Breaking the stupor

Published January 23, 2023

The country’s policy machinery has of late acted not very different from the indolent ass which inexplicably sets itself down in the middle of a busy street and thereafter refuses to budge. Shout at it, plead with it or even threaten it with a stick — it will not be swayed by reason or remonstration. At least, that is the picture that comes to mind when one tries to wrap their head around why the government has resisted letting go of some patently bad policy decisions that seem to have done tremendously more harm than good. Well, the public’s patience is now running short.

The State Bank governor recently got a taste of the people’s wrath when he was brought to task for his role in obliging our finance minister’s exchange rate fixation.

Jameel Ahmad ought to have expected anger when he visited the Karachi Chamber of Commerce and Industry last Wednesday. In setting severe restrictions on who can be issued letters of credit and for what goods, his institution has earned the ire of countless industries and commercial enterprises that rely heavily on imports to keep their businesses going. But even if he did anticipate trouble, nothing could have prepared him for some of the more colourful protests directed his way.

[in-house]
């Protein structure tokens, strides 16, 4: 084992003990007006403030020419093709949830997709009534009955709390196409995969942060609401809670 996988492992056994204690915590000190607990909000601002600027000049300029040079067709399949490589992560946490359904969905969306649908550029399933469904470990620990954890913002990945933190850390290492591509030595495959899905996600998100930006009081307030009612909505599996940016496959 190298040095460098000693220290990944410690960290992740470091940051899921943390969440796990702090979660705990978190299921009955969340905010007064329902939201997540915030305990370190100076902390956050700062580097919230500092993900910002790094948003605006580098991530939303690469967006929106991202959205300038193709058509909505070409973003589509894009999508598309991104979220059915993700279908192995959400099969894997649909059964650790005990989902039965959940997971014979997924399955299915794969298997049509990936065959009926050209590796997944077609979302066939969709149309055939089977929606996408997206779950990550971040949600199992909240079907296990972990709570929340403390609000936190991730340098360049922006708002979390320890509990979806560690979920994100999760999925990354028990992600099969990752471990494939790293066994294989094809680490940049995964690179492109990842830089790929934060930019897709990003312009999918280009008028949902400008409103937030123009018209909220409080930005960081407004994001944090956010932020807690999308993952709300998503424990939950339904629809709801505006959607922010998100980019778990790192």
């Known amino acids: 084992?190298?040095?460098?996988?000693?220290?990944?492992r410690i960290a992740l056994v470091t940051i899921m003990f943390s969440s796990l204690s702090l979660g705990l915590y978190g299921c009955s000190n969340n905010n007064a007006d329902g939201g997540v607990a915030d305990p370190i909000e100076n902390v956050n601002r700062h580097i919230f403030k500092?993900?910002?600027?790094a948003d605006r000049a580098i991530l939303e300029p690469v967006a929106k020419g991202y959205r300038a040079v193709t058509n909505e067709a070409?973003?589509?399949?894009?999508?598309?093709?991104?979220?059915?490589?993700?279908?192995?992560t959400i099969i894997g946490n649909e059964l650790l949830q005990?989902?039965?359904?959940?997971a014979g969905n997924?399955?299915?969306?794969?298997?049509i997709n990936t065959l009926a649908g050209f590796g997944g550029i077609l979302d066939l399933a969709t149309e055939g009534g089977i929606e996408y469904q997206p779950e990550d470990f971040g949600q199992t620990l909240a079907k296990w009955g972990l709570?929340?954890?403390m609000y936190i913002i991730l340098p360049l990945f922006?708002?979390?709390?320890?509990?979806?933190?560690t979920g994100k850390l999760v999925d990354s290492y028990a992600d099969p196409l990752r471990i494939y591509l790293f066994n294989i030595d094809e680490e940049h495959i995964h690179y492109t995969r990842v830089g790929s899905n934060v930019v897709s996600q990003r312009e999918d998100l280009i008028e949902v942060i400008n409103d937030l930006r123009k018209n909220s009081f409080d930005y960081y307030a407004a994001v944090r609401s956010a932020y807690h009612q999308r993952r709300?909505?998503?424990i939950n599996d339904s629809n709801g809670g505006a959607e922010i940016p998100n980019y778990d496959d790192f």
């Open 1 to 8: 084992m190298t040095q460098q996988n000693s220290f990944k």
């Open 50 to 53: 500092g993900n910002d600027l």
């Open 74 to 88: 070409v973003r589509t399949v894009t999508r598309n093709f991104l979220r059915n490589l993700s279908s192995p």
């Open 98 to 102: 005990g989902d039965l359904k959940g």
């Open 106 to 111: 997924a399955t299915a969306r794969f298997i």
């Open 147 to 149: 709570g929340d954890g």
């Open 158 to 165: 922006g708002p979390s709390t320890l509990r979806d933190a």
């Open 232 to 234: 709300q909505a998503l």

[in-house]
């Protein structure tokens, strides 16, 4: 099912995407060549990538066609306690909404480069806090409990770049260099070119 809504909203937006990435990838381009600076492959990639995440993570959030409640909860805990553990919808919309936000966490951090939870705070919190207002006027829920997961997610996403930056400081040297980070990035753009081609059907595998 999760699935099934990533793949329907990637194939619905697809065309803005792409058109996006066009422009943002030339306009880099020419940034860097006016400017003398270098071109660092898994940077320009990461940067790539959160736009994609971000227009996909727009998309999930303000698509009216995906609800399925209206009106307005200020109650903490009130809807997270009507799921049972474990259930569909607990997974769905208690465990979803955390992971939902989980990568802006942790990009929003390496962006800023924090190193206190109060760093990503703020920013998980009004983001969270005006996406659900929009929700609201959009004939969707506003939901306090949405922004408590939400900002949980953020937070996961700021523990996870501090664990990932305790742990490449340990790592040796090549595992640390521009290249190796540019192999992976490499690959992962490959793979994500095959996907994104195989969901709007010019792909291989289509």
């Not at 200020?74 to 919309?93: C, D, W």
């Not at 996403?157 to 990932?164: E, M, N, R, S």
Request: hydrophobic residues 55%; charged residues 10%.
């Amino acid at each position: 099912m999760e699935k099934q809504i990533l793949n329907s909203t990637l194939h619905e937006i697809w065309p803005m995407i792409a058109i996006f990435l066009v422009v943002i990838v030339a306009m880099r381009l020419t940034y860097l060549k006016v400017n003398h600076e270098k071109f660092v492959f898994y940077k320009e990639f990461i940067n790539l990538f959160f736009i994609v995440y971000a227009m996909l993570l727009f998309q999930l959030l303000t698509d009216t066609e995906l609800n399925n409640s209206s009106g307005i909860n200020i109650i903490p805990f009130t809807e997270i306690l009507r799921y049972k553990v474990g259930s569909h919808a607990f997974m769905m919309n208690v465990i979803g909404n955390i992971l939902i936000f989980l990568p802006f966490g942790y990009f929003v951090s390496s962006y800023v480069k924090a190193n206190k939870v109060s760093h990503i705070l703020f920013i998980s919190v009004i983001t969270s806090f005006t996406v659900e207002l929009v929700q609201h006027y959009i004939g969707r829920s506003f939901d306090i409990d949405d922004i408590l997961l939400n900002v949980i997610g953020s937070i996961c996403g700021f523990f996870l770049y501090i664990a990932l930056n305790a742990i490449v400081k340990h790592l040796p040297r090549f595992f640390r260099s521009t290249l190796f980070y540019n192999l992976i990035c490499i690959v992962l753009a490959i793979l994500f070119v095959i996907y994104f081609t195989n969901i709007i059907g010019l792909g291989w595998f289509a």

Frustrated by the government policy to clamp down on imports rather than boost exports or woo more remittance dollars in the absence of an IMF lifeline, the businessmen in attendance came prepared with novel ways to humiliate the State Bank chief. The poor man was only able to redeem himself with the promise that the situation would improve in the coming week when ‘dollar inflows’ would improve the central bank’s foreign exchange reserves. For the sake of the country, it is hoped that he finds the dollars we so desperately need.

It is doubtful, however, that any of those promised inflows will offset the country’s troubles. On several occasions, the incumbent finance minister has made promises very similar to what the central bank governor made, only to have the ‘friendly countries’ he had pinned his hopes on make it public that they were no longer interested in providing Islamabad with anymore easy money.

Like a chastened child, the government must return to the IMF hat in hand and accede to implementing everything it had been asked to four months ago if it wants any real chance at averting default. The country, which has paid a steep price for that lost time, can only watch in disbelief as the government comes around to doing what everyone except Finance Minister Ishaq Dar knew all along needed to be done. No wonder those at the KCCI meet and greet were so vindictive when expressing their disgust.

Published in Dawn, January 23rd, 2023

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